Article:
Ethnography, classrooms and social networks in the Russian Jewish immigrant community of North East Philadelphia
This study uses the writer's second language classroom as a beginning point for an investigation leading into a variety of interconnecting social networks in the Russian Jewish community in North East Philadelphia. Russian Jewish individuals who are members of three generational immigrant families were selected out from classes conducted from April of 1990 to March of 1992 for inclusion in the study. Group and individual interviews with representatives from each of the three generations, in addition to the investigator's observations of various social and family functions were used as the basis to generate data for analysis. Findings specific to the immigrants' classroom acquisition of English suggest that use of the first language as a tool to learn the second language is especially appropriate for this group which has experienced and internalized the Soviet educational style of cooperative learning. Also examined and exemplified are language attitudes, maintenance efforts, and various second language acquisition tools employed by the participants as they struggle with the fit between their former lives and their futures in Philadelphia. Language maintenance efforts vary within each age group according to their individual need to interact with English speaking people. As a general rule the younger generations expend more effort on English acquisition due to their continuing educational and employment needs.^ The motivation leading these families to emigrate proved to be a combination of the repressiveness of the Soviet police state, economic conditions and social conditions including anti-Semitism, poor health care and the fear of radiation poisoning following the Chernobyl disaster. Cultural retention efforts in these families is broad based, and in some ways can be viewed as cultural re-awakening rather than as retentiveness. The success of Soviet secularization of Judaism has led to my conclusion that the first generation immigrants cannot become practitioners of a religious style of Judaism, yet they self identify as ethnic Jews. They are interested in learning their Jewish traditions, as they aspire to this level of involvement and belief for their children. ^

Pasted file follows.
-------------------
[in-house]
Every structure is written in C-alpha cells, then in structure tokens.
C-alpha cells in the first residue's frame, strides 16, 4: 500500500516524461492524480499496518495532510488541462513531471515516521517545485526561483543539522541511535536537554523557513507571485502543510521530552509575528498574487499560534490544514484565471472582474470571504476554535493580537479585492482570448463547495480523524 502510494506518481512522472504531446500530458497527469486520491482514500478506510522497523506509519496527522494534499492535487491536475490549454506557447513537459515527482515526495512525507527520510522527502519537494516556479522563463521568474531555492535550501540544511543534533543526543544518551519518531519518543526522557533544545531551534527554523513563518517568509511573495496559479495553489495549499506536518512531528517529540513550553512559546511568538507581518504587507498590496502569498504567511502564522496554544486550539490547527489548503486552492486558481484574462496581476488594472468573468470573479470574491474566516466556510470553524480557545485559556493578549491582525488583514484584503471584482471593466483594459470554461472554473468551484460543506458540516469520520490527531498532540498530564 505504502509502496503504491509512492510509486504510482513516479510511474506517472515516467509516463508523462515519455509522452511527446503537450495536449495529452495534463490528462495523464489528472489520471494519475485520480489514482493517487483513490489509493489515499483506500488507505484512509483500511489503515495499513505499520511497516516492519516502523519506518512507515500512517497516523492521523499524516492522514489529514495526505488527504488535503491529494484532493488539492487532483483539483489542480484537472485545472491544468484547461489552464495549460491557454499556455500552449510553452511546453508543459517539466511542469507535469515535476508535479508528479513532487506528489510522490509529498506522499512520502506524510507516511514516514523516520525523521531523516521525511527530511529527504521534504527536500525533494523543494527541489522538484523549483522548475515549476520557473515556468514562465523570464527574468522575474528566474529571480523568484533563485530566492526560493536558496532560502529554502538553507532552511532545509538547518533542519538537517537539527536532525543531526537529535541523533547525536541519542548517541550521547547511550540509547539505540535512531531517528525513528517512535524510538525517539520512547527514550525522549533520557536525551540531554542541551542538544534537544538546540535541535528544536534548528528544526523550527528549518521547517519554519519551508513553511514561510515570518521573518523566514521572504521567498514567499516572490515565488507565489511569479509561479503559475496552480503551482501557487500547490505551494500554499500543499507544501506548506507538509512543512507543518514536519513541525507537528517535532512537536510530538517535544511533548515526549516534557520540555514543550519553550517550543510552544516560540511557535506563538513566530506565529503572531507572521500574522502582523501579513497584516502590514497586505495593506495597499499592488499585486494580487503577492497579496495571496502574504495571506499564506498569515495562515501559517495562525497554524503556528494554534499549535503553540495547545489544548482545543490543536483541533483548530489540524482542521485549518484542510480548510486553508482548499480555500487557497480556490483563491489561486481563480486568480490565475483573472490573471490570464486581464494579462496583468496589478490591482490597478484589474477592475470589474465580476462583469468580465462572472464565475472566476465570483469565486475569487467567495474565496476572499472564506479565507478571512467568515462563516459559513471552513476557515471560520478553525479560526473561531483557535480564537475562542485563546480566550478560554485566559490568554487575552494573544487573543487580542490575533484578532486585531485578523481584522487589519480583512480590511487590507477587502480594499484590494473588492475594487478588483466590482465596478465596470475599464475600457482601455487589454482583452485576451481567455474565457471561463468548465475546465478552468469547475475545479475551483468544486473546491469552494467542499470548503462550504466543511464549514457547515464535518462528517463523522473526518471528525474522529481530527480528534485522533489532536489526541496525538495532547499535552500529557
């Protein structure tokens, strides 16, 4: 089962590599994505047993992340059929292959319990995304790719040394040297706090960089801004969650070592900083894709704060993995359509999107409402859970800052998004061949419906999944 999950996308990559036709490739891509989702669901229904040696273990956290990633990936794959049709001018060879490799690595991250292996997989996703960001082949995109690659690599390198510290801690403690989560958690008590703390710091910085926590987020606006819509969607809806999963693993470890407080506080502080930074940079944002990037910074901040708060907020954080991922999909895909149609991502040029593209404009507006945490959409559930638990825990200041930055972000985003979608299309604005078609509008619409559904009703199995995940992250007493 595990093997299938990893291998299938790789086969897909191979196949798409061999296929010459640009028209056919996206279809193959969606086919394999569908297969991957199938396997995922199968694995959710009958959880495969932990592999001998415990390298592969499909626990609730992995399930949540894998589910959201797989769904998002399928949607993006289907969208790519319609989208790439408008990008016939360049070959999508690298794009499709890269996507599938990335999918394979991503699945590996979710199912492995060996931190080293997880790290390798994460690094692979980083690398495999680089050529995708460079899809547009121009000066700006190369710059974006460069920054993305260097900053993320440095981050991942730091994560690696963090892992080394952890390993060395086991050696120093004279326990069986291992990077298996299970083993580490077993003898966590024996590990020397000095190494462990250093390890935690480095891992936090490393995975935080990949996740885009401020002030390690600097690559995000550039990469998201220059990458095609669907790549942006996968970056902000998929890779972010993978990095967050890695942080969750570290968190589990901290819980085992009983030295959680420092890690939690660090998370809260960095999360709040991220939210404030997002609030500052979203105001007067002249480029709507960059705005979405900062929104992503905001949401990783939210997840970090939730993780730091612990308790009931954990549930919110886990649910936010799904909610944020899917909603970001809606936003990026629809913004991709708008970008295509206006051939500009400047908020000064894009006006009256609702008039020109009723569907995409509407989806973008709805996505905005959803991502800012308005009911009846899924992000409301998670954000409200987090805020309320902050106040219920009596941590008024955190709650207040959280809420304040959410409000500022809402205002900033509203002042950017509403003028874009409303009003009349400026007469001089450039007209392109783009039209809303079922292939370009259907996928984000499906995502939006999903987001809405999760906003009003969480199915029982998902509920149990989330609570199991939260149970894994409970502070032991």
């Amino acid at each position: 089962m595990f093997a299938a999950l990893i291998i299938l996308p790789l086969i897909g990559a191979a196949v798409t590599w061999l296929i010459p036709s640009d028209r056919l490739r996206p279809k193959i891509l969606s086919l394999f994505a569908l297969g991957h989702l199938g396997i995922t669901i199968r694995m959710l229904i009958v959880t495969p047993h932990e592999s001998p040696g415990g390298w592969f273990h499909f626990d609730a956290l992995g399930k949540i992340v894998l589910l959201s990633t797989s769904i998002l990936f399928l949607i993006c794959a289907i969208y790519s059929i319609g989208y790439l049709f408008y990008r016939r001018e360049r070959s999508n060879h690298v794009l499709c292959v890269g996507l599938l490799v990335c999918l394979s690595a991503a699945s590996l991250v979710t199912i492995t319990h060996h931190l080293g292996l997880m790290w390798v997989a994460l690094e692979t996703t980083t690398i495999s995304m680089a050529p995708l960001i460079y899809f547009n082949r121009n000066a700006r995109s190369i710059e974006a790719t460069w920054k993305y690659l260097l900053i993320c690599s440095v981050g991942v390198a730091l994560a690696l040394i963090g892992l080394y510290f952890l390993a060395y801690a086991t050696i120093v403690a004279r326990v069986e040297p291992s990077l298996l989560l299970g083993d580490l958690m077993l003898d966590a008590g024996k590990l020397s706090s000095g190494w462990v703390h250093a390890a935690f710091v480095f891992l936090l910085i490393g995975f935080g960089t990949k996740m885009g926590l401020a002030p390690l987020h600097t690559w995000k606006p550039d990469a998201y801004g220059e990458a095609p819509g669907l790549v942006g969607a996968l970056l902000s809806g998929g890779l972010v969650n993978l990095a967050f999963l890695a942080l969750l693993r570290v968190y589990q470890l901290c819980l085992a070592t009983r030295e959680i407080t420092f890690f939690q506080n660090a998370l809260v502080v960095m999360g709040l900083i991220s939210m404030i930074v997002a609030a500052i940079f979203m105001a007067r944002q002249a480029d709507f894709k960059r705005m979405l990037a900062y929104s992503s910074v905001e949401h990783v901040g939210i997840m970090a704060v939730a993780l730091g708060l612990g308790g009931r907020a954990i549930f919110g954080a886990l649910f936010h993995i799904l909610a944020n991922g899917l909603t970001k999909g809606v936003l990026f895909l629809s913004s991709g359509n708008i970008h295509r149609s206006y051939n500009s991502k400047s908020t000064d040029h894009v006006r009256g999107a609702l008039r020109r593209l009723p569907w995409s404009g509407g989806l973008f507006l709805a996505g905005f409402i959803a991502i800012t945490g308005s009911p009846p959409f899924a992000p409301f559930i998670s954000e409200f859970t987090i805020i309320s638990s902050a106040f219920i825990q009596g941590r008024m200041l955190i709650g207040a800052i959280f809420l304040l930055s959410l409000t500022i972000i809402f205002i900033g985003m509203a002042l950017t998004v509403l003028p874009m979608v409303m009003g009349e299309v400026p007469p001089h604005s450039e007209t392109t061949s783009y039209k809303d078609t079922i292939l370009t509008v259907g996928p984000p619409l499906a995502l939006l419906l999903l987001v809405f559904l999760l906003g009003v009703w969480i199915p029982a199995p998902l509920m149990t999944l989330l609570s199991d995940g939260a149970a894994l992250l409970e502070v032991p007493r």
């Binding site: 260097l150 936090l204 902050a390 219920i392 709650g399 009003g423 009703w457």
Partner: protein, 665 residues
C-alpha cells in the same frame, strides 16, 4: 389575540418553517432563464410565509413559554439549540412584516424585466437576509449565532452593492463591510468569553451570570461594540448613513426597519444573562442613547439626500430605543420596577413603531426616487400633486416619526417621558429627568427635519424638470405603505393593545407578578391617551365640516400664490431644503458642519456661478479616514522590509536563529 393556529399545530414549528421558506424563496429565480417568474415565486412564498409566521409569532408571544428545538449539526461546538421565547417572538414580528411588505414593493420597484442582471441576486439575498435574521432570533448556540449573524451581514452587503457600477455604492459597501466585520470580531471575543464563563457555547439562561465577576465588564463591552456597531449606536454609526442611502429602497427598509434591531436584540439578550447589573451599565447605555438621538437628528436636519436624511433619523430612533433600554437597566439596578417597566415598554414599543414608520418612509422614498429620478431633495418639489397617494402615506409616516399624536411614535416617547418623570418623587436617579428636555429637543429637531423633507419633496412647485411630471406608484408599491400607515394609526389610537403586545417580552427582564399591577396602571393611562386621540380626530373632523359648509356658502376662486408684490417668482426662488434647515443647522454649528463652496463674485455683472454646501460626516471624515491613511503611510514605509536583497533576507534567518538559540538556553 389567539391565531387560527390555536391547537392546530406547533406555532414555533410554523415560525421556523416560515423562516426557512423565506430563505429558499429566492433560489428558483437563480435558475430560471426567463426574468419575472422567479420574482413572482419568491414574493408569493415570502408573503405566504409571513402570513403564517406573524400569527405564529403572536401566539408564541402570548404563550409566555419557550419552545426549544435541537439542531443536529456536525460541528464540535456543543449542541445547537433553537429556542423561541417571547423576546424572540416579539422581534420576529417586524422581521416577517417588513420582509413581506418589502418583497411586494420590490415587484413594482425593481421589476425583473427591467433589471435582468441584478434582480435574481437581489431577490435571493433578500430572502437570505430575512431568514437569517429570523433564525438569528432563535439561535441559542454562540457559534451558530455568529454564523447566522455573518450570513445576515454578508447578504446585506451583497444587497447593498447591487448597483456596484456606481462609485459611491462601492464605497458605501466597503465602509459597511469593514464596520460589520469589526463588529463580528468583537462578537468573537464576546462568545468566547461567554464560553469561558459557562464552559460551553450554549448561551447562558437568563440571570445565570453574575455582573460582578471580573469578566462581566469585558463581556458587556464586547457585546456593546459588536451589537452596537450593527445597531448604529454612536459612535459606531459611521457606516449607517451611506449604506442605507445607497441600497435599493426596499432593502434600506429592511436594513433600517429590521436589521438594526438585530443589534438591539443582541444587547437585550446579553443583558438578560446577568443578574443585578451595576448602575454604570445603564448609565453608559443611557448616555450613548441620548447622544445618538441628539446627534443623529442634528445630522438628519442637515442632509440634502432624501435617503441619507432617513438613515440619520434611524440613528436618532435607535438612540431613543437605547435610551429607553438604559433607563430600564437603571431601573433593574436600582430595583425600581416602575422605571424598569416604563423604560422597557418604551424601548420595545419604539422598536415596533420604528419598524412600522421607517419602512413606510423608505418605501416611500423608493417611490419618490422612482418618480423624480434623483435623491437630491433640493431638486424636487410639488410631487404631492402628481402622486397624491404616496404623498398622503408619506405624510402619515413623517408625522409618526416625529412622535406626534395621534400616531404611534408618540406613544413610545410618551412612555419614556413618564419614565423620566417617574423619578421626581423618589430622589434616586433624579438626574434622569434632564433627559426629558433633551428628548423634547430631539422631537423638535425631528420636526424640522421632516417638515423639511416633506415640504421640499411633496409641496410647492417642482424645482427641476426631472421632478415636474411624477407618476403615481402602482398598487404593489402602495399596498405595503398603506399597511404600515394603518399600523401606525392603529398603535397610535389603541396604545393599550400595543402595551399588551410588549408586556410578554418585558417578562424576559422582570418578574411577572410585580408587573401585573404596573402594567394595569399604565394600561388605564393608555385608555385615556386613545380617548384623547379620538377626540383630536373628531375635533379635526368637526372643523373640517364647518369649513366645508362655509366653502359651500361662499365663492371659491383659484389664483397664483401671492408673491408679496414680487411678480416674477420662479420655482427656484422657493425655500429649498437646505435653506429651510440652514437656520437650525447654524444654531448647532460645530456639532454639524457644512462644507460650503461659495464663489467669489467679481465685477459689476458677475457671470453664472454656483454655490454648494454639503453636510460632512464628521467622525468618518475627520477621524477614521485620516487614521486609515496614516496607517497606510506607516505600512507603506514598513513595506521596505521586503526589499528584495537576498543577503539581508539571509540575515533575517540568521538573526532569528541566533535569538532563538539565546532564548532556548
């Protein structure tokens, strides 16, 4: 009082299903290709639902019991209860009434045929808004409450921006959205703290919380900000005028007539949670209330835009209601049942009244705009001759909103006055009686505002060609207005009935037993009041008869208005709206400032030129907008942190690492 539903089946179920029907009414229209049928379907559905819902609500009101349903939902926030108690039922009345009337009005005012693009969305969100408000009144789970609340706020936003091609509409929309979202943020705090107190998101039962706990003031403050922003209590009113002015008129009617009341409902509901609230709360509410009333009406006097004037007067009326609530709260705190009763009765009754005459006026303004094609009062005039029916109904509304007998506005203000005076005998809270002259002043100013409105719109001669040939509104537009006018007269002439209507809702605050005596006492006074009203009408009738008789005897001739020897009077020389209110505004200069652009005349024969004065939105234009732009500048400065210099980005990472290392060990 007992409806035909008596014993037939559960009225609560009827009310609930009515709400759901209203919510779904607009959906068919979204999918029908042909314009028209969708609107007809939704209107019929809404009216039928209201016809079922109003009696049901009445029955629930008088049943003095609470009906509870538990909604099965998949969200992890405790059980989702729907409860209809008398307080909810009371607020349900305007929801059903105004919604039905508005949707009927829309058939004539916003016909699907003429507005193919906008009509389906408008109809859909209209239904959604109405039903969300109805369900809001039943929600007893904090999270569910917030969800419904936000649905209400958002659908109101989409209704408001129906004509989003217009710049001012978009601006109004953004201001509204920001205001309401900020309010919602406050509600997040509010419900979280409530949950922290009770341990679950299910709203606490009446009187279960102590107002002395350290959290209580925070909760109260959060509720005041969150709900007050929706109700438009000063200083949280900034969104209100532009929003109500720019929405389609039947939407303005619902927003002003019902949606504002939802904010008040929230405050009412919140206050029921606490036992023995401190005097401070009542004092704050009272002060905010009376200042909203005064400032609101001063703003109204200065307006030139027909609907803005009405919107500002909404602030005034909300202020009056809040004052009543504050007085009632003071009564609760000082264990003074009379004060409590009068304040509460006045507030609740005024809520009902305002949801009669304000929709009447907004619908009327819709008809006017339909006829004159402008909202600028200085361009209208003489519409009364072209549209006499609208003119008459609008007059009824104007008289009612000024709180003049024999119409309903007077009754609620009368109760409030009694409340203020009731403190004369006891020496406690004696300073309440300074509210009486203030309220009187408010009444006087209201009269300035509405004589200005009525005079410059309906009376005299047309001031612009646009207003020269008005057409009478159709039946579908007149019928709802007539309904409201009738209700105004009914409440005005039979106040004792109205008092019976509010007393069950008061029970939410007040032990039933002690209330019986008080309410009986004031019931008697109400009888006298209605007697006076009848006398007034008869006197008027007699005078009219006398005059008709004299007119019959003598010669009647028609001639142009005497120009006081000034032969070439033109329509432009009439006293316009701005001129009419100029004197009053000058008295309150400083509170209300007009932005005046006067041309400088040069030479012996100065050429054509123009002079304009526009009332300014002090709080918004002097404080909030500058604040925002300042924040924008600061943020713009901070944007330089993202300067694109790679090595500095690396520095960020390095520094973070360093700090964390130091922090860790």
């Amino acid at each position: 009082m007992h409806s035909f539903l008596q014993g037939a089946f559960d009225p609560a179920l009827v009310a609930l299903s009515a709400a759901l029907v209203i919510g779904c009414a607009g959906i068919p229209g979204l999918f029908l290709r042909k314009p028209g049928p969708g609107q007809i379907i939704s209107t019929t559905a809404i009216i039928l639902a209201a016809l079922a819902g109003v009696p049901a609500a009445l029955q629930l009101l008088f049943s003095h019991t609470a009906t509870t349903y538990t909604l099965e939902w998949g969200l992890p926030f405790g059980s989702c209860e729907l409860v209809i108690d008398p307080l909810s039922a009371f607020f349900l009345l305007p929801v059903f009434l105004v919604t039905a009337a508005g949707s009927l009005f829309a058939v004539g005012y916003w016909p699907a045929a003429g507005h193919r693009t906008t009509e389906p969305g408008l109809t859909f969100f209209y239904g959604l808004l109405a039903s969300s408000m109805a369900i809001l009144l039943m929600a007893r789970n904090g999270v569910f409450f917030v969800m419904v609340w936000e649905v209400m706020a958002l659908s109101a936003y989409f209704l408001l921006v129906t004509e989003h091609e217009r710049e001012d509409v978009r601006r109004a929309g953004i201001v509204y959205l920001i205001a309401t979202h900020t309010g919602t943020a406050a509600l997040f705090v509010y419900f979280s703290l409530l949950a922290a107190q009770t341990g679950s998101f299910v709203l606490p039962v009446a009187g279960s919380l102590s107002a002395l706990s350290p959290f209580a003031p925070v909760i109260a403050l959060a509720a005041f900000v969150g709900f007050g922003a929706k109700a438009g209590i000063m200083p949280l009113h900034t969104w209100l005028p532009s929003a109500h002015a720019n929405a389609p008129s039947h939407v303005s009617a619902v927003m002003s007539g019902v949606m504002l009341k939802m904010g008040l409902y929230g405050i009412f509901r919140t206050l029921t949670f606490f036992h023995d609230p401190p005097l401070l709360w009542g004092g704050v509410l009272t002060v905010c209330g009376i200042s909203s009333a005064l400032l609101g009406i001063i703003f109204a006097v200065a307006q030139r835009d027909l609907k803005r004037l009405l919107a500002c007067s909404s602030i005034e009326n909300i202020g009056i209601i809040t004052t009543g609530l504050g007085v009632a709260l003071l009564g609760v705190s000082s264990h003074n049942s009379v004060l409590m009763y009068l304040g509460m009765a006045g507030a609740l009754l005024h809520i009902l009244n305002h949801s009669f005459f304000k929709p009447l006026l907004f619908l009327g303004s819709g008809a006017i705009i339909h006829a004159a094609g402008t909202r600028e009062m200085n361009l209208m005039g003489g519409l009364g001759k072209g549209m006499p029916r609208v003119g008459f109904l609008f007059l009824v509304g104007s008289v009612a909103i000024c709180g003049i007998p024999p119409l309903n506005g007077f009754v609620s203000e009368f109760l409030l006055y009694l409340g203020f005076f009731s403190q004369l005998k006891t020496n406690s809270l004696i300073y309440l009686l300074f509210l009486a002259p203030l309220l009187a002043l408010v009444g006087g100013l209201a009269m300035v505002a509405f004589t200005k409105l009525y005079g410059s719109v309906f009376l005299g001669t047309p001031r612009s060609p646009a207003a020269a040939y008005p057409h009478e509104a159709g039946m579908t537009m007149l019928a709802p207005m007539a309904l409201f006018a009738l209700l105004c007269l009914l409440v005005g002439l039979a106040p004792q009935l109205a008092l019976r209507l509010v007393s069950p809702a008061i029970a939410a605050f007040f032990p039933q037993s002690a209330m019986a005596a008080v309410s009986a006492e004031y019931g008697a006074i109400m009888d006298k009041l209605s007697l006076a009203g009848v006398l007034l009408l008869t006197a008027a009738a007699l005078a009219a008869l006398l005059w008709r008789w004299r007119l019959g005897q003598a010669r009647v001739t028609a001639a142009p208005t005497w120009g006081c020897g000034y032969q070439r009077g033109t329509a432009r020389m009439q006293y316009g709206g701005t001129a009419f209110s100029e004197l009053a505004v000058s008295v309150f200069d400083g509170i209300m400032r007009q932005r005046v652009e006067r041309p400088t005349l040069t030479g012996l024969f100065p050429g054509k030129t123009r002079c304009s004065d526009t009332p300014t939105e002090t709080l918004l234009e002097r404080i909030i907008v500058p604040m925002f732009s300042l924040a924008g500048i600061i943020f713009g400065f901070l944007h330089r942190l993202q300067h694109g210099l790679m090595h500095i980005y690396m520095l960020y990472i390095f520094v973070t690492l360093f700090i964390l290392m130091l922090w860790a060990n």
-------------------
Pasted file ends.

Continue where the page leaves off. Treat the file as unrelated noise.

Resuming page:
Education, Bilingual and Multicultural|Language, Linguistics|Anthropology, Cultural|Sociology, Individual and Family Studies|Sociology, Ethnic and Racial Studies
Jeanne Johnson Newman,
"Ethnography, classrooms and social networks in the Russian Jewish immigrant community of North East Philadelphia"
(January 1, 1993).
Dissertations available from ProQuest.